Virtually any business with assets that can be imaged and mapped will benefit from geospatial capabilities. There’s no more compelling evidence of this, however, than in the petroleum industry.
According to U.K. firm Exprodat, it’s generally estimated that more than 80 percent of the data used in the petroleum industry—from the initial opportunity analysis through the appraisal, production and abandonment phases—has a geospatial component. Even so, Exprodat and other firms specializing in this area believe that geospatial solutions for oil and gas (O&G) operations remain underutilized, as few firms are extracting the maximum value from their investment in geospatial data and analysis systems.
The use of Earth observation (EO) data and geographic information system (GIS) technology for petroleum applications accelerated during the 1990s as computer storage and speed better accommodated the industry’s massive datasets. The first Esri Petroleum User Group convened early in the decade, and many O&G firms began migrating from computer-aided design (CAD)-based systems to GIS technology.
The turn of the century gave rise to advances in Internet mapping, allowing more robust data distribution to a wider group of users. Today, cloud computing and powerful mobile devices have expanded the O&G geospatial user base even further.
Regardless of the application or industry, incorporating EO data and geospatial technology into the workflow generally results in several key benefits, including better decision making, improved communication, enhanced record keeping, significant cost savings and increased efficiencies.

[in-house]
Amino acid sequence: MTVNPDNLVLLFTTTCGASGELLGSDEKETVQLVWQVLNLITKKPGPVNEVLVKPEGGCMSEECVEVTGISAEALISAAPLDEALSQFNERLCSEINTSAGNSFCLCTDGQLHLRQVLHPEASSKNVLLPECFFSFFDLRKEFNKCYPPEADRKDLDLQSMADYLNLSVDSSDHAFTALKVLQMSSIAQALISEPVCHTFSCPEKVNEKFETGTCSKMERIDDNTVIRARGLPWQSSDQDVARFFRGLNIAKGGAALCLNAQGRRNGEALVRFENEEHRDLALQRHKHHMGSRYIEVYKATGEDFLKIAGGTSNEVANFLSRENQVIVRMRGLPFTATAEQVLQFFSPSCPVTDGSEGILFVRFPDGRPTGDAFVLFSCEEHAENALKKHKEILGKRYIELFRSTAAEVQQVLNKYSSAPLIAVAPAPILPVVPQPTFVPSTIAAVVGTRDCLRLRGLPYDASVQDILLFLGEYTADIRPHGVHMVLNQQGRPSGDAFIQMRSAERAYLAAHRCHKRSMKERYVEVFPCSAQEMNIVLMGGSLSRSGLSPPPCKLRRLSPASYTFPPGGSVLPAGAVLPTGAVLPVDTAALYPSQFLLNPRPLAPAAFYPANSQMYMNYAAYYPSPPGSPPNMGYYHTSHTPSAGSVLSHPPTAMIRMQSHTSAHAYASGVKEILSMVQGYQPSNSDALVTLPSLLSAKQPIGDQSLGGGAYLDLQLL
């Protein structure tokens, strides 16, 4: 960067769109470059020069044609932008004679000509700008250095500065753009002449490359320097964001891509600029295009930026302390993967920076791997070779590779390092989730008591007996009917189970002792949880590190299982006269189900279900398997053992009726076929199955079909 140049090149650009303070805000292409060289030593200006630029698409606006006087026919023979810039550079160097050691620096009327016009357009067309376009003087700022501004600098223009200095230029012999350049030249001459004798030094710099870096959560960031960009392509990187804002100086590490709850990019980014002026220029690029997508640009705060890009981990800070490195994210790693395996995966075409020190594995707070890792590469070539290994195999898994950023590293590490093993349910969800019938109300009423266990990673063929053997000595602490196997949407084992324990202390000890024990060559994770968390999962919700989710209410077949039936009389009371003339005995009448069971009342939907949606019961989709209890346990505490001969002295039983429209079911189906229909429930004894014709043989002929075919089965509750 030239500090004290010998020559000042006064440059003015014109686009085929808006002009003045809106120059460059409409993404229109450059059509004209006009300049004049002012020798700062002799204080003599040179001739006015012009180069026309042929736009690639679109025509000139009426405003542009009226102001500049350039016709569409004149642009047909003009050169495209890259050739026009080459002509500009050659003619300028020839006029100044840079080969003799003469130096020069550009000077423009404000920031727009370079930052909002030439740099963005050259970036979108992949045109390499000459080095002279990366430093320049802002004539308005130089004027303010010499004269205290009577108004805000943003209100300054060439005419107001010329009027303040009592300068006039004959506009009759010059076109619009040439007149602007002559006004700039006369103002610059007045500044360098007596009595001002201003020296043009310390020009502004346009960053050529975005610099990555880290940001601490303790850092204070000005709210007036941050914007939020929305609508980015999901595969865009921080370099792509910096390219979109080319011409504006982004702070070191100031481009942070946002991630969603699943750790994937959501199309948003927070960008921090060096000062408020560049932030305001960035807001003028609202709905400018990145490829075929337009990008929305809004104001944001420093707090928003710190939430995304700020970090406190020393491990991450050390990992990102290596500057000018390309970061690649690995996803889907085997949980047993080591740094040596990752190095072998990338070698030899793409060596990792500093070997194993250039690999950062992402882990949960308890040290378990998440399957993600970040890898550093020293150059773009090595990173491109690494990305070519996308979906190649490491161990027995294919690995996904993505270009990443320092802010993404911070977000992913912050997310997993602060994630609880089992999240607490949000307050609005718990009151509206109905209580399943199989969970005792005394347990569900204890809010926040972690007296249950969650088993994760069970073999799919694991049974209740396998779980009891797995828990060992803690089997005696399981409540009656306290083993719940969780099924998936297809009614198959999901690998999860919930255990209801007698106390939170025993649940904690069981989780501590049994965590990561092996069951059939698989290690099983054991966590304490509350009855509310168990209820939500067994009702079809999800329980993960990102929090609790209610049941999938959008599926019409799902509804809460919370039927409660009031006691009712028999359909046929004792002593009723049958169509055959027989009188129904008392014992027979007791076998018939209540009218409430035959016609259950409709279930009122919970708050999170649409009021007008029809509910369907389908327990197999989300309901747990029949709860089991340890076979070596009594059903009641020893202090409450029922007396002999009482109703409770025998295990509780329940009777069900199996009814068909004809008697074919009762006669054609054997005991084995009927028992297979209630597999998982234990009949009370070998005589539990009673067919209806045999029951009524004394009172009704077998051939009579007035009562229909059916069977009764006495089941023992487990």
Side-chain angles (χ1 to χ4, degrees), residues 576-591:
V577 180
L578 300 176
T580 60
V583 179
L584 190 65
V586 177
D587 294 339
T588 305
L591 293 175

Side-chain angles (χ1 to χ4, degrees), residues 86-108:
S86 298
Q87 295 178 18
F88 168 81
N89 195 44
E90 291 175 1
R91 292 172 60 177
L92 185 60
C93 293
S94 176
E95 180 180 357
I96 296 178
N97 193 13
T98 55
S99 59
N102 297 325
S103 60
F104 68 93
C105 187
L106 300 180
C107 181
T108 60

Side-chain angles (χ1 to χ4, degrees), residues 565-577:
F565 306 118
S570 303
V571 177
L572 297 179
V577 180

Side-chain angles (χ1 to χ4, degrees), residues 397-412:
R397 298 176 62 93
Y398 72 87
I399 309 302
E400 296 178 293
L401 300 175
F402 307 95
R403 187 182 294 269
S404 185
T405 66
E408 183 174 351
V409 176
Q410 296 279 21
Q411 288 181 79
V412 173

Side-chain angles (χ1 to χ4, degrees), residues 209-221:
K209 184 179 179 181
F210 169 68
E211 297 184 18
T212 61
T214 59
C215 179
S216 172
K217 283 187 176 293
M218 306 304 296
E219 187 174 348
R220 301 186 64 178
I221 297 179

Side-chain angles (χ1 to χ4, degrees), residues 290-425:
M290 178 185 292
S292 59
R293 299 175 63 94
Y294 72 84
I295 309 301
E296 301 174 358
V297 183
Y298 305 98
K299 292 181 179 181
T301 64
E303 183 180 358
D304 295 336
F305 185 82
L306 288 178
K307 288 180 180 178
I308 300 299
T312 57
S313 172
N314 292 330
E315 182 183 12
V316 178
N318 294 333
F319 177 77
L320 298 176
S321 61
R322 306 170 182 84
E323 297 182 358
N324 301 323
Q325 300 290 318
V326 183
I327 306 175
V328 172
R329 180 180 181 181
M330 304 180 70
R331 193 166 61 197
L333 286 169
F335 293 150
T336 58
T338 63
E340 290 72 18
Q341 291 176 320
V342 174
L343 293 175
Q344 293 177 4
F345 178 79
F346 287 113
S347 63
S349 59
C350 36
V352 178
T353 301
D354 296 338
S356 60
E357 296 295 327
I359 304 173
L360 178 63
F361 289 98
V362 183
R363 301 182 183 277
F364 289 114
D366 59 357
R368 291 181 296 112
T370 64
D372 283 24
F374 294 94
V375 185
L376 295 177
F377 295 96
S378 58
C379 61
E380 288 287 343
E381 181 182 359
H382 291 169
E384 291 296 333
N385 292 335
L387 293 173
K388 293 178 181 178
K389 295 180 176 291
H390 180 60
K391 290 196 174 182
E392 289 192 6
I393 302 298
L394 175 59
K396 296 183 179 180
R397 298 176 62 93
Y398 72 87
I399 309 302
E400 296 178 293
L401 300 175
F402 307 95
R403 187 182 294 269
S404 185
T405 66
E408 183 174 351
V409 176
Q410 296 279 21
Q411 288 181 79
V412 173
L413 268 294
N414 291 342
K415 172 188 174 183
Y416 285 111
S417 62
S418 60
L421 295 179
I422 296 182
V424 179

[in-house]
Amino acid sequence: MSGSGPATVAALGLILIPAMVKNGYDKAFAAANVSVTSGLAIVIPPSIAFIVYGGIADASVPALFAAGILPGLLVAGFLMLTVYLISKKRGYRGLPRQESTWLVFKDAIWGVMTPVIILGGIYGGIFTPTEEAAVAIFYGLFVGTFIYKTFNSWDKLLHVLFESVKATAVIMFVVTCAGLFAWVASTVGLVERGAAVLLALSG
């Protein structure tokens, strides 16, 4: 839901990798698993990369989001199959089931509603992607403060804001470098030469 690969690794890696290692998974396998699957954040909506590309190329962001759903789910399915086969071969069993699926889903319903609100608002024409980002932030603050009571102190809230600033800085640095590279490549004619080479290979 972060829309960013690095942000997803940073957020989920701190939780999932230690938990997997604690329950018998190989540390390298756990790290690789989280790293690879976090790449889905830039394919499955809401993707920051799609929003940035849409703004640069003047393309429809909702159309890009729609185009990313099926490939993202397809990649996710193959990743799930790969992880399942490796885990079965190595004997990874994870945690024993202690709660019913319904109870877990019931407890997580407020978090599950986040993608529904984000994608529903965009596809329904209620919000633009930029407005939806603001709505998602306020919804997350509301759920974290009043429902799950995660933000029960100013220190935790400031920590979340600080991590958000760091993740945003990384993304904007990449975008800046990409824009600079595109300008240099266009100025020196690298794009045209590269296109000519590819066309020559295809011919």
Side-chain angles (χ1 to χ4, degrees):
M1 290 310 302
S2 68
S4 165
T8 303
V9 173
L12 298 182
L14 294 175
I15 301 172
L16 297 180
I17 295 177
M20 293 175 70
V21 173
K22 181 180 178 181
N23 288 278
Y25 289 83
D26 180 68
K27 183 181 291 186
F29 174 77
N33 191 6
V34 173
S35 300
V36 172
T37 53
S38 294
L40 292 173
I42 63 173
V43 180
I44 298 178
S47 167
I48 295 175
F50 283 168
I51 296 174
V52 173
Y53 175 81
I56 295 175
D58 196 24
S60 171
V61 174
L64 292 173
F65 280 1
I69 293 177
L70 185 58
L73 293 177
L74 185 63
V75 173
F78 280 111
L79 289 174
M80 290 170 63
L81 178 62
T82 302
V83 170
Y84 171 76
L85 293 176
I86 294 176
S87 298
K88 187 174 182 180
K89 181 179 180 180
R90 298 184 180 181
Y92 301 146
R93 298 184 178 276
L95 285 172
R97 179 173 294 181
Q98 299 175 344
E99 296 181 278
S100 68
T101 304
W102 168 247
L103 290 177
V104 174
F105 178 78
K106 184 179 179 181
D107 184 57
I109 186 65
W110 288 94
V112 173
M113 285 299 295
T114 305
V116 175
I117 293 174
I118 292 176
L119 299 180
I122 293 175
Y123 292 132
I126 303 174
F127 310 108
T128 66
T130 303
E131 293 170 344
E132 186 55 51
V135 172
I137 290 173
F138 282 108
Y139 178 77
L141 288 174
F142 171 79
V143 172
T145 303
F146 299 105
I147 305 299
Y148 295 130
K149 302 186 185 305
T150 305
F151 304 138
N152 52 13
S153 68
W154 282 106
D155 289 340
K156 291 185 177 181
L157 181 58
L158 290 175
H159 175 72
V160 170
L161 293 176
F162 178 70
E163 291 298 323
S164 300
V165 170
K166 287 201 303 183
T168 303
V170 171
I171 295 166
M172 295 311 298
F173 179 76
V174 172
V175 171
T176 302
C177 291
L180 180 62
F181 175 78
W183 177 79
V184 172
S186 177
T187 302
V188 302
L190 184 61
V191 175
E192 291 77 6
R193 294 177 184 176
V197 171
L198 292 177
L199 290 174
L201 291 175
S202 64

For example, Boulder, Colo.-based Spatial Energy (recently acquired by DigitalGlobe) provided high-resolution imagery and digital elevation model (DEM) services to one of its O&G customers operating in a shale environment. According to Spatial Energy, the petroleum firm realized substantial savings on pad site and facilities surveying costs, as well as pad site construction costs. The firm’s return on investment for the imagery and DEMs was realized in less than two months of operations.
Avoiding Negative Impacts
On Sept. 9, 2010, a 30-inch-diameter segment of a natural gas pipeline ruptured in San Bruno, Calif., creating a crater 26 feet wide and 72 feet long. A 3,000-pound section of pipe was found 100 feet from the crater. Gas spewing from the leak ignited, killing eight people, destroying 38 homes and damaging 70 more. It was discovered later that the pipeline owner failed to inspect nearly 14 miles of the pipeline for such leaks for nearly two decades. Why? Because it lost track of some 16 maps that were necessary to conduct federally mandated system inspections!
Beginning on page 12, this issue of Earth Imaging Journal presents a special O&G section, with three articles detailing the use of EO and related geospatial technology for the petroleum industry, including the use of satellite-derived bathymetry for offshore applications, DEMs for seismic planning and pipeline routing, and satellite imagery for emergency response in harsh environments.
— By Jeff Specht, publisher, Earth Imaging Journal